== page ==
Kaity Huff | Kiwi Creative
The competitive 3PL landscape combined with the increased complexity of integrated marketing has not only shifted the ways that 3PLs engage in marketing activities, it’s also made it that much more important to effectively prioritize the right marketing tools and tactics for your own 3PL.
Maybe you’ve invested in marketing campaigns before. Or, maybe you get the bulk of your business from word of mouth. You may even have a slew of sales reps, but haven’t put much into marketing because you think your audience wouldn’t respond well to it.
Regardless of where you’ve spent your marketing dollars in the past, if you were to pick one – and only one – marketing initiative for the second half of 2019, you should consider a strategic sales enablement approach. Here’s why.
Sales enablement isn’t a new concept, but it’s gained a renewed focus, especially within the most competitive industries. In short, sales enablement is a strategic partnership between sales and marketing.
It happens when marketing supports sales by providing tools, technology, and information that enables sales teams to spend less time creating their own assets – like emails and sell sheets – and more time actually answering questions that help prospective customers make informed decisions.
Today’s smart freight and logistics marketers realize that their jobs go beyond getting an avalanche of leads in the top of the sales funnel. When the sales process is truly a process – as is the case with 3PLs – marketing can help their sales reps close more deals at the bottom of the sales funnel.
Creating Your Sales Enablement Strategy
When diving into your sales enablement strategy, start by gaining a clear understanding of common sales objections. Why do your sales reps lose deals? The sales enablement tools and tactics you plan to develop should be a direct result of that question.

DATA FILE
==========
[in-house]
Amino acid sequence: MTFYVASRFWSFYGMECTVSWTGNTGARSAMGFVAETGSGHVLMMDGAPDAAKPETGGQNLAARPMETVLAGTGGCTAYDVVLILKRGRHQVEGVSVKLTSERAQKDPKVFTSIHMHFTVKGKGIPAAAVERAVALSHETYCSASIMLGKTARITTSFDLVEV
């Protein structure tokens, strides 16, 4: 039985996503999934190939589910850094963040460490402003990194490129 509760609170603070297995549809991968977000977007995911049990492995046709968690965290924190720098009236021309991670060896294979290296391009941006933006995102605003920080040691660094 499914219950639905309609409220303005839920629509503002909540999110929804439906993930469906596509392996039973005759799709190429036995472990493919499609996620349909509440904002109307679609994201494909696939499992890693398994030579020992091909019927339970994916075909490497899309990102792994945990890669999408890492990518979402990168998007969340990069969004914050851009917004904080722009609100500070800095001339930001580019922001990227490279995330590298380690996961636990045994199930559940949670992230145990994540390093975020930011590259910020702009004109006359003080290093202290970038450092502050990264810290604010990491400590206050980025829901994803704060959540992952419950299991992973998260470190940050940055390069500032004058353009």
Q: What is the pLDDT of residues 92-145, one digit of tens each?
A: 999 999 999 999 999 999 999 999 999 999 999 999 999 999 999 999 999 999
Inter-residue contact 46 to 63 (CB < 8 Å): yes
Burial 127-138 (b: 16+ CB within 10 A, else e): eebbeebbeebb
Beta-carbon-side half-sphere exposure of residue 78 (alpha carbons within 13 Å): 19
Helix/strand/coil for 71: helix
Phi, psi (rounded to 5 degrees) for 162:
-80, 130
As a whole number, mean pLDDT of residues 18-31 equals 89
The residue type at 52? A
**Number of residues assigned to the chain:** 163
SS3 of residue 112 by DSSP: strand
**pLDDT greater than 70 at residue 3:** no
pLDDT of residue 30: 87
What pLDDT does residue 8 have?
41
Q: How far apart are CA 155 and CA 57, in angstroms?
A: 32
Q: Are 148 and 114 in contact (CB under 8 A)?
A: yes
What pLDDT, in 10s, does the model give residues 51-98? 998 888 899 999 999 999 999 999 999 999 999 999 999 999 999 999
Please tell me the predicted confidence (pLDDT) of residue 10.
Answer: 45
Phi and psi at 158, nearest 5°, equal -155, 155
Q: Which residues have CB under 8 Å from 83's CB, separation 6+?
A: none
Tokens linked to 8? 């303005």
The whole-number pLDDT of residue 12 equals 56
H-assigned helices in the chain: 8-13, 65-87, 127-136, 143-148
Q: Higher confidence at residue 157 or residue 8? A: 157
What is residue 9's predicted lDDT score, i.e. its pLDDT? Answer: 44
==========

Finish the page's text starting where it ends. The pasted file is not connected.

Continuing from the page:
SALES ENABLEMENT ISN’T A NEW CONCEPT, BUT IT’S GAINED A RENEWED FOCUS, ESPECIALLY WITHIN THE MOST COMPETITIVE INDUSTRIES.
Do you lose deals because you’re perceived as too expensive? Or, maybe your prospects don’t understand the additional value they’ll get by choosing you over the competition? You may want to put together some bottom-of-funnel pieces that really highlight the value you bring.
Do you lose deals because prospects perceive the process of getting started as too complicated? Map out your process with your sales reps and figure out how you can simplify the message and make it easier for your new customers understand.
Do you get no responses from emails your sales reps send? You may want to take a look at the content they’re sending out and give your sales reps some solid email templates to work with.
The important thing to remember is that your sales enablement strategy should start with your prospective customers. While strategic sales enablement will make your sales team more effective – and in many regards, make their jobs easier – the focus of your strategy should be on your prospects, and not necessarily your sales reps.
Creating Your Tools and Tactics